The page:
Q & A: Prathik Rao

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Q & A: Prathik Rao

Rana Aghababazadeh

As the end of the college application season draws closer, aspiring athletes look for avenues to pursue their ambitions in collegiate sports. Senior Prathik Rao, who is currently the captain of the varsity volleyball team, is on his way to be a collegiate varsity athlete. Rao discussed his volleyball journey and where he hopes it will take him.

El Estoque: How did you start volleyball and when did you decide to take it more seriously?

PR: I got cut from the volleyball team in 6th grade, then I made the volleyball team in 7th grade, and I’ve been playing ever since. I started with Kennedy Middle School volleyball, then I’ve been playing for Mountain View Volleyball Club my entire life. The summer after 9th grade was when I figured out that I can actually make something out of volleyball. That year, we won a national title, so I figured ‘this is cool’ and also I knew I had a strict coach coming in the next year, so then I thought that I’d have to work extra hard if I want to make something out of this.

EE: Tell us about your college recruitment process.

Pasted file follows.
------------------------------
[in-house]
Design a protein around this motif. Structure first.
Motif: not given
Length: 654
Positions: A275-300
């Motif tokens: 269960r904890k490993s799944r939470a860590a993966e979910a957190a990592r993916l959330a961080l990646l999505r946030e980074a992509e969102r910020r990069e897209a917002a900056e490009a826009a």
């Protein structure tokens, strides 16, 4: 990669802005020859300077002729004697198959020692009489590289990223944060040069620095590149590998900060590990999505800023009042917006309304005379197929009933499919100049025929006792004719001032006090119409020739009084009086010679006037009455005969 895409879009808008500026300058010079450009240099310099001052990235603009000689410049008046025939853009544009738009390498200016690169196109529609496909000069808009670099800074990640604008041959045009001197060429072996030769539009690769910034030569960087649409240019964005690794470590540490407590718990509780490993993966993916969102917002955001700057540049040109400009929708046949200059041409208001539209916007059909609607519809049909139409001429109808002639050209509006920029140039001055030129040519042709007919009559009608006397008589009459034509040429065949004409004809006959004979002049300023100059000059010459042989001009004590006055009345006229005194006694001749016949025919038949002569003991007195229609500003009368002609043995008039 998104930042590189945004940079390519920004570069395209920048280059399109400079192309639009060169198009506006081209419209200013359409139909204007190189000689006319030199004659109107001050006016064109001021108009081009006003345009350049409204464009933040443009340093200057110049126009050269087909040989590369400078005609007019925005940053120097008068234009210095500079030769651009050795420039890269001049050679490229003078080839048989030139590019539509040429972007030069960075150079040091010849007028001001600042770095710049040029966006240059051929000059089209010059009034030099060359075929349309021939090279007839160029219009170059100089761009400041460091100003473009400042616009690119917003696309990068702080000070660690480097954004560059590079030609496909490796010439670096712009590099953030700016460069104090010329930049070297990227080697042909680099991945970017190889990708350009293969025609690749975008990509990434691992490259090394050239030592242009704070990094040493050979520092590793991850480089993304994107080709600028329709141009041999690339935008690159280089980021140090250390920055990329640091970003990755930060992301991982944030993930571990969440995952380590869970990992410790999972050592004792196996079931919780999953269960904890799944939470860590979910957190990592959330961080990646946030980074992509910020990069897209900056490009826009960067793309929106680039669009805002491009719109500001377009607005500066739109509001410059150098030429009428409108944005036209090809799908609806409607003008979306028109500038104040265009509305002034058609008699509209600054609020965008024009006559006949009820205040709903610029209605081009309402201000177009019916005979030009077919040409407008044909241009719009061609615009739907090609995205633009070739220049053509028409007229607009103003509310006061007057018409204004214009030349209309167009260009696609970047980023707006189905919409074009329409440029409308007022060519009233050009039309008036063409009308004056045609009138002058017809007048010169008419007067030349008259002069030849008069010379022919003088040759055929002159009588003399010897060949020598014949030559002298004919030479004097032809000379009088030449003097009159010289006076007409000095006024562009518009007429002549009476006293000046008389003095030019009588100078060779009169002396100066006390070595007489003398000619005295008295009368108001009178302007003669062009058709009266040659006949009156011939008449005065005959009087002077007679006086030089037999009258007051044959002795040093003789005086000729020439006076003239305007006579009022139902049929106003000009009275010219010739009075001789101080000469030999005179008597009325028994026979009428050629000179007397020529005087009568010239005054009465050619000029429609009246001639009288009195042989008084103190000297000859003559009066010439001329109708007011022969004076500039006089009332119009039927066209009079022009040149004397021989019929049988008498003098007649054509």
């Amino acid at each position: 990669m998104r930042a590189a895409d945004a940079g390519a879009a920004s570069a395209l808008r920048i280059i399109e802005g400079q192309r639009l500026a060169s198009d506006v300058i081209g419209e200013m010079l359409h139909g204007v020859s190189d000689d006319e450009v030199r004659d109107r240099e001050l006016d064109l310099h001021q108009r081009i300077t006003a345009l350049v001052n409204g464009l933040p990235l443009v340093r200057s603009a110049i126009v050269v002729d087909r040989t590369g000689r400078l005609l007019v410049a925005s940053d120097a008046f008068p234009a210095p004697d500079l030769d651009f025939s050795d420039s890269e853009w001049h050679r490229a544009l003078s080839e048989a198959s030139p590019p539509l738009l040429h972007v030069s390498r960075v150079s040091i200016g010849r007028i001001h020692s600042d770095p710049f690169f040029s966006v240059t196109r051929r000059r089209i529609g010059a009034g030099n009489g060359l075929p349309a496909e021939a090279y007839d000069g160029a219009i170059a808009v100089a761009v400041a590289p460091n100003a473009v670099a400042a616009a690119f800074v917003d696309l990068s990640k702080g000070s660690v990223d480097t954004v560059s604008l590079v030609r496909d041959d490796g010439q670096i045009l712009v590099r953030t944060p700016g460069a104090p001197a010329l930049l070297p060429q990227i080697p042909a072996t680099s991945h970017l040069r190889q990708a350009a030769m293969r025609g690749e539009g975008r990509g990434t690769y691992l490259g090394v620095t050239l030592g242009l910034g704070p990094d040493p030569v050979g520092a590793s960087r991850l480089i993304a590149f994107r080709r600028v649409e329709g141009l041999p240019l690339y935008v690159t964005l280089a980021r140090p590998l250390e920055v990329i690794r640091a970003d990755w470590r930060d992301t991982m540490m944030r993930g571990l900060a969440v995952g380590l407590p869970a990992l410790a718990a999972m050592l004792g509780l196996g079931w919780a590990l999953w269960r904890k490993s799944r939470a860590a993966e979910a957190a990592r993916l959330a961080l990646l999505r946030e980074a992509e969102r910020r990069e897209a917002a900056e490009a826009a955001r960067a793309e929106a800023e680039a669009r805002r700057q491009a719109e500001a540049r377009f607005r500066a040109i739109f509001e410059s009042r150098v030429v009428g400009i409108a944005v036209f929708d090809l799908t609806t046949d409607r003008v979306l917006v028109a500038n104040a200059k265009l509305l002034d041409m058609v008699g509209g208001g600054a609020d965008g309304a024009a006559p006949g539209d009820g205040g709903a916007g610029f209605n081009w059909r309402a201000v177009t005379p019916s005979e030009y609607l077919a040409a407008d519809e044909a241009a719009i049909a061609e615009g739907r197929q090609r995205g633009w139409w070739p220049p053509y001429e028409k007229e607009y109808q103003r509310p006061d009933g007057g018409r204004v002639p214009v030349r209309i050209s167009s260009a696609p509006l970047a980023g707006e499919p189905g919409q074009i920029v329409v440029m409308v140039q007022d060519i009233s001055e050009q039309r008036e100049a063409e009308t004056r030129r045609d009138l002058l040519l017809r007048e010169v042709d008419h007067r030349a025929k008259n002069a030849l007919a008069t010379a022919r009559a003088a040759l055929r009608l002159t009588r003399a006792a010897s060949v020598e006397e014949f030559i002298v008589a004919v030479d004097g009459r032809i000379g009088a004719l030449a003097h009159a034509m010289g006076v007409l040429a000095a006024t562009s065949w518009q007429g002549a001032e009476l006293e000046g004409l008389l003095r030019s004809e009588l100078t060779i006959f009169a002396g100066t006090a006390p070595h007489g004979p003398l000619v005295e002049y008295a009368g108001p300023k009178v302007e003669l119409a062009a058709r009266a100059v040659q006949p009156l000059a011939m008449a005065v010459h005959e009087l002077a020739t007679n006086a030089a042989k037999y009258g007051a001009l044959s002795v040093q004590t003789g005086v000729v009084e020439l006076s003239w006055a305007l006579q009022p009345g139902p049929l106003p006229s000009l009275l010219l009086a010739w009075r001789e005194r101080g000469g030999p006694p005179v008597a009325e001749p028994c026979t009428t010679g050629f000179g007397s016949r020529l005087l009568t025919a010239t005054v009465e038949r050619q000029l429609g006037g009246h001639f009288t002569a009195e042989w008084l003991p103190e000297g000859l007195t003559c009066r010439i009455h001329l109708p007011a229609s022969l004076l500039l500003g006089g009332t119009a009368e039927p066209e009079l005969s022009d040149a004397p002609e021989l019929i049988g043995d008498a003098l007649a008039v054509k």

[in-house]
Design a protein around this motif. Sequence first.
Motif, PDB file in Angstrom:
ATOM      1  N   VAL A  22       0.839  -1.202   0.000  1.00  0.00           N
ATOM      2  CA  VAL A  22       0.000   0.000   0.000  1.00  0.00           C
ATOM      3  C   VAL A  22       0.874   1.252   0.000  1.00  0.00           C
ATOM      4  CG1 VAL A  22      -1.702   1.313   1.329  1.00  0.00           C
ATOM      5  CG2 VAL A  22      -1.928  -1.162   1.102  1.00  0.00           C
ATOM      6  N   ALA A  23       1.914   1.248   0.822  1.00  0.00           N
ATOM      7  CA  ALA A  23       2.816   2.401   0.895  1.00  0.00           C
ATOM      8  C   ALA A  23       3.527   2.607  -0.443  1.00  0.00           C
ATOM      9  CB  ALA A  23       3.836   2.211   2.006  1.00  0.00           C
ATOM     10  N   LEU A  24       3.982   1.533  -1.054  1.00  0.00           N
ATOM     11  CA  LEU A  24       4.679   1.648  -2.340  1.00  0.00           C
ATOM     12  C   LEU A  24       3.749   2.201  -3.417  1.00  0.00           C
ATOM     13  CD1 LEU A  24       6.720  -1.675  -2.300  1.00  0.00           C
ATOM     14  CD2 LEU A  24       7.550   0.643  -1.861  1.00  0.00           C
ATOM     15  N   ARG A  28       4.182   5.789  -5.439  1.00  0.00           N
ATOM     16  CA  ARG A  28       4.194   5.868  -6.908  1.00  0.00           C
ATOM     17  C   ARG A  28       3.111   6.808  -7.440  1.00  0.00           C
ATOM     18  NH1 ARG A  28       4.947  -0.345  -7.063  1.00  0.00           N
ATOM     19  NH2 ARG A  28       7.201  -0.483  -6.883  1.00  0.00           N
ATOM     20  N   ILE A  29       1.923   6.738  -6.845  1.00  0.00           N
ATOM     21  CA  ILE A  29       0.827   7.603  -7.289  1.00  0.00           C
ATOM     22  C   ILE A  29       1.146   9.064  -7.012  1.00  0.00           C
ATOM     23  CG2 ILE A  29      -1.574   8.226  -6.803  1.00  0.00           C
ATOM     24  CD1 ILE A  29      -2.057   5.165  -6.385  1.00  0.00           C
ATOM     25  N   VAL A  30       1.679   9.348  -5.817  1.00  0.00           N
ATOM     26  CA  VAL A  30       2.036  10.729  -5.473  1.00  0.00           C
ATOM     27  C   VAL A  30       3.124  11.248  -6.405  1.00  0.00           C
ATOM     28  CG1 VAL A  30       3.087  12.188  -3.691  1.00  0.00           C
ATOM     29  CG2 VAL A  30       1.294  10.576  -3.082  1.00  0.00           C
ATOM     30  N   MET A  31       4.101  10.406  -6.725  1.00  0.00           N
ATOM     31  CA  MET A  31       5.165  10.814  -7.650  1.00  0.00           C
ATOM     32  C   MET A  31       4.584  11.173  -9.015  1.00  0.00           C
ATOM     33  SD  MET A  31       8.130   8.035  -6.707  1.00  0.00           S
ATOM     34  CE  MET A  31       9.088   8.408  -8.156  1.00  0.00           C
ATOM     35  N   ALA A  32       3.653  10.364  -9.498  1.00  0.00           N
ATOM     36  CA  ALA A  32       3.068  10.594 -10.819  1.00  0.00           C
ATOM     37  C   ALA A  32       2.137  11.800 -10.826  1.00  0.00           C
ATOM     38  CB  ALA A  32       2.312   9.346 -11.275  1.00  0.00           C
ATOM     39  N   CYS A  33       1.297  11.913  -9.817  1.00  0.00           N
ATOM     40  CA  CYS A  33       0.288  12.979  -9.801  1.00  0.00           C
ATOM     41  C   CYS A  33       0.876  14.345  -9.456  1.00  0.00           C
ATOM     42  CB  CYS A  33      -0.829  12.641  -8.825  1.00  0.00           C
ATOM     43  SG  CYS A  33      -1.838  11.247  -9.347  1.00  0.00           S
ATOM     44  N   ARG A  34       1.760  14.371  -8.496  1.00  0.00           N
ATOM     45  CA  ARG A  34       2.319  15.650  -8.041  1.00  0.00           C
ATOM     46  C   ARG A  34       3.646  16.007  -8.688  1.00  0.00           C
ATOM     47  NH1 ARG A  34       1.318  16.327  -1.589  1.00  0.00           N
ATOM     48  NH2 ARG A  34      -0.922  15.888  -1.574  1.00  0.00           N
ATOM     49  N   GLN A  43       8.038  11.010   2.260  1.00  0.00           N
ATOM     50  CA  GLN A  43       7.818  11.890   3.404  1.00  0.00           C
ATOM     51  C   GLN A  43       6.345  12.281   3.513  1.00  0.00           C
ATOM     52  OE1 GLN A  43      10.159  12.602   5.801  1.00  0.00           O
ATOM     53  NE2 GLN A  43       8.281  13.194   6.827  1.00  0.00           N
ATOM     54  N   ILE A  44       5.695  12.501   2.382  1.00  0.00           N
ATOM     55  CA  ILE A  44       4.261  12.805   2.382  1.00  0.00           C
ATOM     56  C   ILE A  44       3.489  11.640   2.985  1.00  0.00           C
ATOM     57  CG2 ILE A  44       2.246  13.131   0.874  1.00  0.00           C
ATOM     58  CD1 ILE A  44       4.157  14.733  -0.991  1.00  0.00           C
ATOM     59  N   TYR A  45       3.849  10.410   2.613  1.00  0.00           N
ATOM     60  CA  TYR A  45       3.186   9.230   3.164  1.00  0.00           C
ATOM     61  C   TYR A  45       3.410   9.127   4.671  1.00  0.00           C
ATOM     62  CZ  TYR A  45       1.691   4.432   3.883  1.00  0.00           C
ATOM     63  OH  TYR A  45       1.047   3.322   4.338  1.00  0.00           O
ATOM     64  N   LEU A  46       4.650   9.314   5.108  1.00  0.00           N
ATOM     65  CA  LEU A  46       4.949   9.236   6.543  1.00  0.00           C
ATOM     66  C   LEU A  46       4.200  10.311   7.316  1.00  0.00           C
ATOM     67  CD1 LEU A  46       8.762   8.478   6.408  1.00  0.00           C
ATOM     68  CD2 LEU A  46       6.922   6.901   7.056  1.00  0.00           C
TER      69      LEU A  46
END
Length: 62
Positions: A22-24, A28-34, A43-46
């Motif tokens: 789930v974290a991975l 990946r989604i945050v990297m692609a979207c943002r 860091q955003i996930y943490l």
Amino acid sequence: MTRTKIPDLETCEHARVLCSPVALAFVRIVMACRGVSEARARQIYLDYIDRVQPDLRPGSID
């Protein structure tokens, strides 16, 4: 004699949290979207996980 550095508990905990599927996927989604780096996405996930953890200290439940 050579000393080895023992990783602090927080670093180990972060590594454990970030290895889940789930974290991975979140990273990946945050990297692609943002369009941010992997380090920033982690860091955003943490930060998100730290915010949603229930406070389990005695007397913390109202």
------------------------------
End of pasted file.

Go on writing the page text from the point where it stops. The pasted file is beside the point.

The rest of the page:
PR: During sophomore and junior year, I was being actively recruited by a lot of schools for full-admission consideration, particularly Princeton, UCSD, UCSB and Emerson College. They wanted to give me full-ride admission and they were offering me that and this year I had to take a step back and say you know what, ‘I want to get in for my grades, because I don’t want the pressure of having to play to stay in the school.’ So now I’m applying to colleges for my grades, and I’m getting something called assisted admission in certain schools, which is basically saying that you know what, if I promise to play volleyball my first year, then they’ll get me admission to the school. So San Diego’s offered me that. Emerson’s offered me that. The other schools have not, but with due time, I’ll figure it out. That’s my recruitment process.

EE: How do you think that prospective college athletes should approach choosing where they want to play?

PR: It’s a really personal decision and it’s not my place to make that decision for everyone, but in my opinion, especially coming from this area, athletics should not be the primary reason you go to school. School is school. And specifically for volleyball at least, there’s not much of a career after. If you’re waiting for football, basketball or baseball then there’s a shot of having a legitimate career in the U.S. afterwards. Volleyball, not so much.

EE: Would you say people close to you would understand the decision that you’re making?

PR: My volleyball friends for sure understand that’s what I’m going through, especially my coach; my coach was one of the people who actually pushed me in that direction, because he knows that I’m smarter than most of the other guys on the [club] team, and that I have an avenue to get into school besides just sports. But I think my close friends, the people I hang out with on a daily basis, they understand I’m an intellectual person first and I’m an athlete after, and I think that’s reflective of my character and that’s how people see me.